Travel Agents Masquerading as Medical Tourism Facilitators:
A travel agent’s sole responsibility is to wrap an appropriate holiday package around a patient’s medical travel. The agent has no medical or healthcare expertise whatsoever to offer the best deals in the best hospitals in a specific destination. This is the job of a medical tourism facilitator.
However, a lot of travel agents have started scamming patients via emails, bogus adverts and fake websites. In most cases, patients who end up paying for these packages end up discovering that the flights, accommodation or holiday they booked don’t exist. In addition to costing the patient a lot of money, these scams also lead to severe trauma that lead to more health related complications for the patient.
Issues with the Traveler
How can a medical traveler be the cause for a defaulted healthcare system one may ask? There have been instances wherein the traveler himself is to blame for specific issues in the medical tourism industry. Two of the more common ones include:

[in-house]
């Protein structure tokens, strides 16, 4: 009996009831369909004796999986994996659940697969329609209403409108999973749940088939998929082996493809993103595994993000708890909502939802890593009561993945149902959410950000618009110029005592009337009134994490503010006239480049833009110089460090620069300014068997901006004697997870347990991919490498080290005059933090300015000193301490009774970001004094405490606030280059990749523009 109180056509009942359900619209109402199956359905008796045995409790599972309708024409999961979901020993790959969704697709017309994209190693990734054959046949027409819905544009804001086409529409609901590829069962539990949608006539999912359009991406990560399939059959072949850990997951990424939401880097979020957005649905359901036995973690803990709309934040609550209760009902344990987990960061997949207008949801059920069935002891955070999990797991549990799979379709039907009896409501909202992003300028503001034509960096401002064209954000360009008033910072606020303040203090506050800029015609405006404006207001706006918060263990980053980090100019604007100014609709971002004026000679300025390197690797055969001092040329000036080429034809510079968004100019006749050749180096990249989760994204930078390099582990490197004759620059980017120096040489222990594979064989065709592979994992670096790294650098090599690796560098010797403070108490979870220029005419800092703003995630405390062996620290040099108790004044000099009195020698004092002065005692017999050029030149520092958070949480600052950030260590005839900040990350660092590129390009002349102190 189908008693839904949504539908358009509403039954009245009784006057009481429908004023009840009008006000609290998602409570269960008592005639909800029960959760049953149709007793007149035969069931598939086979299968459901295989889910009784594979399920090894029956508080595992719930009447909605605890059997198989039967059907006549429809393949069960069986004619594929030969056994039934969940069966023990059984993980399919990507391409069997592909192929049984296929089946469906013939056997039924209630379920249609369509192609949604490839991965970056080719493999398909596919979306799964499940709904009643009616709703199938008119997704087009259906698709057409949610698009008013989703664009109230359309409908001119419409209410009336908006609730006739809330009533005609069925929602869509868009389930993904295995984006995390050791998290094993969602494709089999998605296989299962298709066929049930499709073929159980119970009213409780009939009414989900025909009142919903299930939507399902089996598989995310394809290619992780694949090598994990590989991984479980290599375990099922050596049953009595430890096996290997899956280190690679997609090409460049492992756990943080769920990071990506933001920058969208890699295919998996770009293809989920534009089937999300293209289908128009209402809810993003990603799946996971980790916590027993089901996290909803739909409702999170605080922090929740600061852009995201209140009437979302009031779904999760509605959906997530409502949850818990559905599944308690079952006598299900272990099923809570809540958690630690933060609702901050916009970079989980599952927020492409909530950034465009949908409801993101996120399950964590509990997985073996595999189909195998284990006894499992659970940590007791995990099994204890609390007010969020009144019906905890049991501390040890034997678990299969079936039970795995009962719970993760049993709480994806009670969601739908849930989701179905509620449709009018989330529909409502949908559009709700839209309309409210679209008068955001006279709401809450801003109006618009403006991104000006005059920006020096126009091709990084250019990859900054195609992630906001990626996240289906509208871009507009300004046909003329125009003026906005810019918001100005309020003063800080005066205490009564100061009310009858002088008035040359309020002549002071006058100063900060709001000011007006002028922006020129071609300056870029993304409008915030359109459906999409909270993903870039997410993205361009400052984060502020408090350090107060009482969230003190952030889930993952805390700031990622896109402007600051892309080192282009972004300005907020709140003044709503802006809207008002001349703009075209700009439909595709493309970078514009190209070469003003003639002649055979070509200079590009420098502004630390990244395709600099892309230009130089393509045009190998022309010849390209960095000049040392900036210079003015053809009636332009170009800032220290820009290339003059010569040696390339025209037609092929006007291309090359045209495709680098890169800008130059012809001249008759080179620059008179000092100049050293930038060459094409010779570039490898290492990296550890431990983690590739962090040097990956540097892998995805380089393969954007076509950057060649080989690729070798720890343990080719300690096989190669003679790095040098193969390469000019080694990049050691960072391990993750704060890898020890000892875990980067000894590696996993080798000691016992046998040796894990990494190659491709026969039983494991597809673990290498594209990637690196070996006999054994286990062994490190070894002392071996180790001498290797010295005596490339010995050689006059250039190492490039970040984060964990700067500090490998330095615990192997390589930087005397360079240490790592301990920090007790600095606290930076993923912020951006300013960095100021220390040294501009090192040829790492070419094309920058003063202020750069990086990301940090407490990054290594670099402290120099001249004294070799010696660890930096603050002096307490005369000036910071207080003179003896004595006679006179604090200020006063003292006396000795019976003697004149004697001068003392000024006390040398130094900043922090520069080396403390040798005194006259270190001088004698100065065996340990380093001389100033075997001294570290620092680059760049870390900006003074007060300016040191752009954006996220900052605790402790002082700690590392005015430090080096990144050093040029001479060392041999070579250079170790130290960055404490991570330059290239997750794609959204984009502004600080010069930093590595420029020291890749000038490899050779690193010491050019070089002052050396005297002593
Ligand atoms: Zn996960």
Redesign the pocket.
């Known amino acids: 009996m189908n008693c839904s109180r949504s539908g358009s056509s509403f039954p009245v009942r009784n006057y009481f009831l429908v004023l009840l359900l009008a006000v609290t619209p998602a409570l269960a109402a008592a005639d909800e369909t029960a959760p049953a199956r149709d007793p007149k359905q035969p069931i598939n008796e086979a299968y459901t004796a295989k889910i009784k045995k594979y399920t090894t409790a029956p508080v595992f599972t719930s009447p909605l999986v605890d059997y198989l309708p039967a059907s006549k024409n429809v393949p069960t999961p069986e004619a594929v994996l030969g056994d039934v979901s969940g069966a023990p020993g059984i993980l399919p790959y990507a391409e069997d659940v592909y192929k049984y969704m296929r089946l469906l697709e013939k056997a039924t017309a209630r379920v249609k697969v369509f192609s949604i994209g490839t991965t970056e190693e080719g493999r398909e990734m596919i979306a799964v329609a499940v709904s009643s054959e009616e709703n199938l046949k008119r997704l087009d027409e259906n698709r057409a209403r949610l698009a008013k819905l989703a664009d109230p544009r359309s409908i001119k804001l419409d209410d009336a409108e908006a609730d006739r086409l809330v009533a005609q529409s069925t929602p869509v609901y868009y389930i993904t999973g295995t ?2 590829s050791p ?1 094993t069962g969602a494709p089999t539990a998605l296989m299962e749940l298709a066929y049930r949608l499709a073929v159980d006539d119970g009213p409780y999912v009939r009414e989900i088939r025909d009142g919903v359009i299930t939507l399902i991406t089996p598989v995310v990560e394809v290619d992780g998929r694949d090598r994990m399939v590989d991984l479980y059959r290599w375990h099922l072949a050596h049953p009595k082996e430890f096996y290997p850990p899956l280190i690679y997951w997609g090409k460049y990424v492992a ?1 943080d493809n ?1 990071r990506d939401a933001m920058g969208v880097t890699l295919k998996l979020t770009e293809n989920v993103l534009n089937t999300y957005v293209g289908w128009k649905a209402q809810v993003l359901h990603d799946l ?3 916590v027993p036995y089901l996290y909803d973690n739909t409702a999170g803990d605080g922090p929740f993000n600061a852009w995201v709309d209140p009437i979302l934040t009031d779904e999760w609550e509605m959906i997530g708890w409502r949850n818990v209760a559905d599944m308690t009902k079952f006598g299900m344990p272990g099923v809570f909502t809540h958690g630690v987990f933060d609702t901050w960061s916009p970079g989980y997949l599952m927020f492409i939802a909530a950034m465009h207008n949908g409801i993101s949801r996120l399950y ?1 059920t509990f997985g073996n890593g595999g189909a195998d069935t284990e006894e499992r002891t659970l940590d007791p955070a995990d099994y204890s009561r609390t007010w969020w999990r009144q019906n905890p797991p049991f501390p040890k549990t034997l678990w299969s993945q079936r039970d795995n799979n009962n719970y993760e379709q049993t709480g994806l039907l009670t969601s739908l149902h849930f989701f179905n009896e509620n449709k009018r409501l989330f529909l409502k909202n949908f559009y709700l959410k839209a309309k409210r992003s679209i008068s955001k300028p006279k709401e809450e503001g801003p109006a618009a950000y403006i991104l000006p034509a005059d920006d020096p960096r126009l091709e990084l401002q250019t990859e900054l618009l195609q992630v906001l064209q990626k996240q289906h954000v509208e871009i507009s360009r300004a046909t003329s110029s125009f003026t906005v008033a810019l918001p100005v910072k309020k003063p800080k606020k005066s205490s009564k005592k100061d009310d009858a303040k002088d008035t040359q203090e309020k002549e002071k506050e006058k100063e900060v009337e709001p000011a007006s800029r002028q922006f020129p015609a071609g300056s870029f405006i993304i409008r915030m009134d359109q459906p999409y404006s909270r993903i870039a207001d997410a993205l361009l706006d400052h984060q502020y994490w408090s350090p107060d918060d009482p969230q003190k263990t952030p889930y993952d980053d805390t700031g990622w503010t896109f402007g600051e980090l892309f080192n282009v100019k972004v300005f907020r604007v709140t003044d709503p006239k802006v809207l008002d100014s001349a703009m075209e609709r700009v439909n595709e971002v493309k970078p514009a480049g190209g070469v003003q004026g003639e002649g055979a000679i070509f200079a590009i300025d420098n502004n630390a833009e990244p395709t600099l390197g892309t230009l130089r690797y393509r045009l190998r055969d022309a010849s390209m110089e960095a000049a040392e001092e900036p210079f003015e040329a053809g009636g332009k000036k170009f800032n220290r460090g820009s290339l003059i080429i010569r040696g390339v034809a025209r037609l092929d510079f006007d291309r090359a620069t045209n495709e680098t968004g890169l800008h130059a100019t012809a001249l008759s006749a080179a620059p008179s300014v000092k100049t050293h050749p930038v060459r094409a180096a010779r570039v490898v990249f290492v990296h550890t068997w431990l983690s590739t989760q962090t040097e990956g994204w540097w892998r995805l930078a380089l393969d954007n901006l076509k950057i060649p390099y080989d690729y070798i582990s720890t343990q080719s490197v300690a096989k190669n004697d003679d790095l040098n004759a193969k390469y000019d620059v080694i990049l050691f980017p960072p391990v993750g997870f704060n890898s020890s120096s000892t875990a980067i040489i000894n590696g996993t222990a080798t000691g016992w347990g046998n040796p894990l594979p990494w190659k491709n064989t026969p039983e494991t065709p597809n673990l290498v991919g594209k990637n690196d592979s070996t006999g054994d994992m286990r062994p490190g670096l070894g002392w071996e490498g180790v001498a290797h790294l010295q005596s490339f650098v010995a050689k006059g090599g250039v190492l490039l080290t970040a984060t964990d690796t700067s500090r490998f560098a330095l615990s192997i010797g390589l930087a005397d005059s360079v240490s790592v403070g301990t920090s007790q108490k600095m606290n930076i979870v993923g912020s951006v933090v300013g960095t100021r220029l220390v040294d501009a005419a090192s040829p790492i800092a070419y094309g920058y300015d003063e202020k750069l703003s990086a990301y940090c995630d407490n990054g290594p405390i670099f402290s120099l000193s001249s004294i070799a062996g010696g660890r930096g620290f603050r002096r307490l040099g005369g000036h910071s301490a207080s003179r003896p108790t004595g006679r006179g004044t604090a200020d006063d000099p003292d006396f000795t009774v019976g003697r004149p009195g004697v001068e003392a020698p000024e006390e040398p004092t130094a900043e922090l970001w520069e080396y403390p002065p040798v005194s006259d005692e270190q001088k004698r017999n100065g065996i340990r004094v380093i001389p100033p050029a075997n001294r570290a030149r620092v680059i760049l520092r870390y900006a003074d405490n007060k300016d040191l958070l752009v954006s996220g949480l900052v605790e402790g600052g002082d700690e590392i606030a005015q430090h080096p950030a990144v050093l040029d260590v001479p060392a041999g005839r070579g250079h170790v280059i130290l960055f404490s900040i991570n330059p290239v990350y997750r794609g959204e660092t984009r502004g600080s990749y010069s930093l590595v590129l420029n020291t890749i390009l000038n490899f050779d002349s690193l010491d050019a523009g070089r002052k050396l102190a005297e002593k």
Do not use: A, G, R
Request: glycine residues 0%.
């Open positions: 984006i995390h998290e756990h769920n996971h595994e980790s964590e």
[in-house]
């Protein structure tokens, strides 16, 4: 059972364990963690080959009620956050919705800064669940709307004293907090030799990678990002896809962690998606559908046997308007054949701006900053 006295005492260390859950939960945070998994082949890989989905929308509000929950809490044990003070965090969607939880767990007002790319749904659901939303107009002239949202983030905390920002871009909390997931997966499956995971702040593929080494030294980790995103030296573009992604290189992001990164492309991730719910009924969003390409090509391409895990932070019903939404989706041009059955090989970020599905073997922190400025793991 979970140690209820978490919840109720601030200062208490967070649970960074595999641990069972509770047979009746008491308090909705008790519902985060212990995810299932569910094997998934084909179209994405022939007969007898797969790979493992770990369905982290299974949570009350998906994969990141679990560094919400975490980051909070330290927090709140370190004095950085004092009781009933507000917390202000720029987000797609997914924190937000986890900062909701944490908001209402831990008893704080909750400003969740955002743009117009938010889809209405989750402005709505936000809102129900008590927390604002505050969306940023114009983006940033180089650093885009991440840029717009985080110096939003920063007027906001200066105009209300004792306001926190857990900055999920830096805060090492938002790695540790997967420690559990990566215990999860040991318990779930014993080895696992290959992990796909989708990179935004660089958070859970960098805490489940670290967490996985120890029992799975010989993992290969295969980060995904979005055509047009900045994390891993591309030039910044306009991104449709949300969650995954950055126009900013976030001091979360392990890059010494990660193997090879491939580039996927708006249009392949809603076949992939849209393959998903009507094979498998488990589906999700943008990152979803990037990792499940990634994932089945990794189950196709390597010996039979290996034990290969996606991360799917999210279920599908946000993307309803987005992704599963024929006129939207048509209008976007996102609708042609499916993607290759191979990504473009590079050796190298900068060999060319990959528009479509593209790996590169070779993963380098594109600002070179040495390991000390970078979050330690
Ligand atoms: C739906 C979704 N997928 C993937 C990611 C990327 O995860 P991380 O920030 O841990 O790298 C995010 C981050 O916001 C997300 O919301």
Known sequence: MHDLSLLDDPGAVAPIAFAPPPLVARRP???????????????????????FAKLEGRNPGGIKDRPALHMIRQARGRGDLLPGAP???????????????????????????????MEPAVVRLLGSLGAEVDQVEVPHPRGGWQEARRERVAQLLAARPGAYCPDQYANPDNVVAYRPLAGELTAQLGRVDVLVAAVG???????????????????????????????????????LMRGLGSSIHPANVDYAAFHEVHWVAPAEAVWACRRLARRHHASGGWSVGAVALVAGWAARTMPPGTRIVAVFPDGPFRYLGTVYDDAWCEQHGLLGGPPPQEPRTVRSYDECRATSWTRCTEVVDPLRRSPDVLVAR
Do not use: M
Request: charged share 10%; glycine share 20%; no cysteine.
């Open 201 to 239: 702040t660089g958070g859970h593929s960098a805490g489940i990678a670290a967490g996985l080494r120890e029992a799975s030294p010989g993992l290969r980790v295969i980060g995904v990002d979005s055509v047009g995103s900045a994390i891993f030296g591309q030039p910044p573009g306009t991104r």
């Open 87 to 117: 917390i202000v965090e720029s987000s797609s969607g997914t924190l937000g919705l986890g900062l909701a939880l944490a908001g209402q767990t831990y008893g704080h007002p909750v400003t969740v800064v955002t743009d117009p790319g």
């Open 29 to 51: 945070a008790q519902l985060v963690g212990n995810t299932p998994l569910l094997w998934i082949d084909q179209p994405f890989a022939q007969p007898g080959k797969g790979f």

Paying more to get express service:
Those who prefer medical travel attribute long waiting times back home to their decision of traveling overseas for treatment. However, these are the same patients who end up becoming frustrated with even minimal waiting periods at the medical tourism destination. These patients then resort to paying more to get express service, sometimes jumping ahead of domestic waiting lists and even other medical travelers.